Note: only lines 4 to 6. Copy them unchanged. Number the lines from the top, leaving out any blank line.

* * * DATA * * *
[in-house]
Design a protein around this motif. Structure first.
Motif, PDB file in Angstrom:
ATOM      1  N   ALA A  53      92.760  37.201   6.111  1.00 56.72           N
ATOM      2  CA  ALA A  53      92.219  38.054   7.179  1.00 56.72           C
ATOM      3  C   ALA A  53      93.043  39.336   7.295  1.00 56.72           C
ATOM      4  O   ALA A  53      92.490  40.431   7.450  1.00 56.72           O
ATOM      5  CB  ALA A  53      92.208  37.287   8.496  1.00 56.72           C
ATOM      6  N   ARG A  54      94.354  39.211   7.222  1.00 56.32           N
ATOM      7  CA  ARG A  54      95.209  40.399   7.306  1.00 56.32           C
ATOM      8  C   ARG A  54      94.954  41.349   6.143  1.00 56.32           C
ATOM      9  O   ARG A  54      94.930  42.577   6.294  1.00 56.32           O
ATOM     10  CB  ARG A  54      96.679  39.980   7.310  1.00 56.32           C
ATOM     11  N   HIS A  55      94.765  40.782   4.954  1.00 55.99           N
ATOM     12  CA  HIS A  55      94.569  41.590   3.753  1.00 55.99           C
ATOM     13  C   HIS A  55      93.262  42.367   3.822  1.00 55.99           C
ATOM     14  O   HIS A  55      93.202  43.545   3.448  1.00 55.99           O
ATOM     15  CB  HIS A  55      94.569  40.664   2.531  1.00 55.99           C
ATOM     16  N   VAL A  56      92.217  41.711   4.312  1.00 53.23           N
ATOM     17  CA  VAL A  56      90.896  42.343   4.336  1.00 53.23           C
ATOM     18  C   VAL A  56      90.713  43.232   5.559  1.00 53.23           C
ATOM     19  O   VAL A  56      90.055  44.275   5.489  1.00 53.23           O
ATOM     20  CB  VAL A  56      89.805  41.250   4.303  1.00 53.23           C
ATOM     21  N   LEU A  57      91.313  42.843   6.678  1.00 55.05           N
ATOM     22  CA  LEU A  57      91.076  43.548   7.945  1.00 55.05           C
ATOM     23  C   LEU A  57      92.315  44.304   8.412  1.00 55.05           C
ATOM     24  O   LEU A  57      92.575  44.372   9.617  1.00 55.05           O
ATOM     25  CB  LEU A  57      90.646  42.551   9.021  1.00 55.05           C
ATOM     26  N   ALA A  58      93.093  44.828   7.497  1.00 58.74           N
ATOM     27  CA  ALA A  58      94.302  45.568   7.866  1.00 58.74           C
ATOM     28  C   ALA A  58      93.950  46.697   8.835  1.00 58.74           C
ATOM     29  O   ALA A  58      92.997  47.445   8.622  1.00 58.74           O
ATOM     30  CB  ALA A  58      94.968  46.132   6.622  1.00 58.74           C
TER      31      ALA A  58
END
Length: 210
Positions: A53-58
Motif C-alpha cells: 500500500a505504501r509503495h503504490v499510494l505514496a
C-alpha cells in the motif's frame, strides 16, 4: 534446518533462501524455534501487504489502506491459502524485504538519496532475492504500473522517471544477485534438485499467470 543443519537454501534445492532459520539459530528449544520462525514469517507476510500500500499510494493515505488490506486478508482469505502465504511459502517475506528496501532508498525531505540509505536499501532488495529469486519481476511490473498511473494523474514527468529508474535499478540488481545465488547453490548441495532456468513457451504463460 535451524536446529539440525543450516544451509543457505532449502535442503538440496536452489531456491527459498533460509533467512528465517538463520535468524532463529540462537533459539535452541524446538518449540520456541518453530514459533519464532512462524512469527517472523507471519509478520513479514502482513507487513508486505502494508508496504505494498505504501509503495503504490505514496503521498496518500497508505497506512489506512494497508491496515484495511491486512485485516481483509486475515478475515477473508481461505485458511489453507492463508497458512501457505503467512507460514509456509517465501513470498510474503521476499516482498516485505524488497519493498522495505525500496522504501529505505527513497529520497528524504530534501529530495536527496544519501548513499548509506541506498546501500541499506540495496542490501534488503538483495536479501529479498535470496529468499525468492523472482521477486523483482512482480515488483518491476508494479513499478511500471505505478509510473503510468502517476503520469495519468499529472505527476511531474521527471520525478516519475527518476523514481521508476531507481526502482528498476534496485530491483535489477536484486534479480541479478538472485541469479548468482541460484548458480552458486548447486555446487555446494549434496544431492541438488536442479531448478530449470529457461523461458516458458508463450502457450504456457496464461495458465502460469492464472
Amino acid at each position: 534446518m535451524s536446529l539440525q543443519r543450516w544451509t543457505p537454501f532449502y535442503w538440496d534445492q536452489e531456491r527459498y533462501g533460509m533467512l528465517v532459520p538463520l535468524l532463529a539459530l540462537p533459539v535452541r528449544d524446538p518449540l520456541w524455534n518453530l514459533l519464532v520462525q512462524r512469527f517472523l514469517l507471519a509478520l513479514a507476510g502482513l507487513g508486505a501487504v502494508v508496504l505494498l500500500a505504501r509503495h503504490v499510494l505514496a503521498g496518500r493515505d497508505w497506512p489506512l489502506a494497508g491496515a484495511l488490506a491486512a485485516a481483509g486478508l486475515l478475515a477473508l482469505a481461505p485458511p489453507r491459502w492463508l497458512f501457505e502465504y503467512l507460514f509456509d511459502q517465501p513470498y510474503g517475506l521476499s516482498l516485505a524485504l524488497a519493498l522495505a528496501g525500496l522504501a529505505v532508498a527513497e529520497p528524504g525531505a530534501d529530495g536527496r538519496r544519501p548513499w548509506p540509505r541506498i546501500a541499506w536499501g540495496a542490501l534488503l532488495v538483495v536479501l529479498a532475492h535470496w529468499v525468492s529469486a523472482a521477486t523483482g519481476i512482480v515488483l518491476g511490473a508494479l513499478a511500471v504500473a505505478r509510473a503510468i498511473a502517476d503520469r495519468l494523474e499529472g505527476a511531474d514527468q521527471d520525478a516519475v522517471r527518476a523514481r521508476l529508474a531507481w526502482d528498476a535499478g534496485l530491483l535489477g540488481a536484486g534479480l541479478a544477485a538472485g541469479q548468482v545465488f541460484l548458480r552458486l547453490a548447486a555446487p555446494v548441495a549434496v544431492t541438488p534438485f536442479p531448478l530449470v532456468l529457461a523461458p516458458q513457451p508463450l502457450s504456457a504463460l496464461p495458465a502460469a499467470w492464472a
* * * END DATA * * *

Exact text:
ATOM      1  N   ALA A  53      92.760  37.201   6.111  1.00 56.72           N
ATOM      2  CA  ALA A  53      92.219  38.054   7.179  1.00 56.72           C
ATOM      3  C   ALA A  53      93.043  39.336   7.295  1.00 56.72           C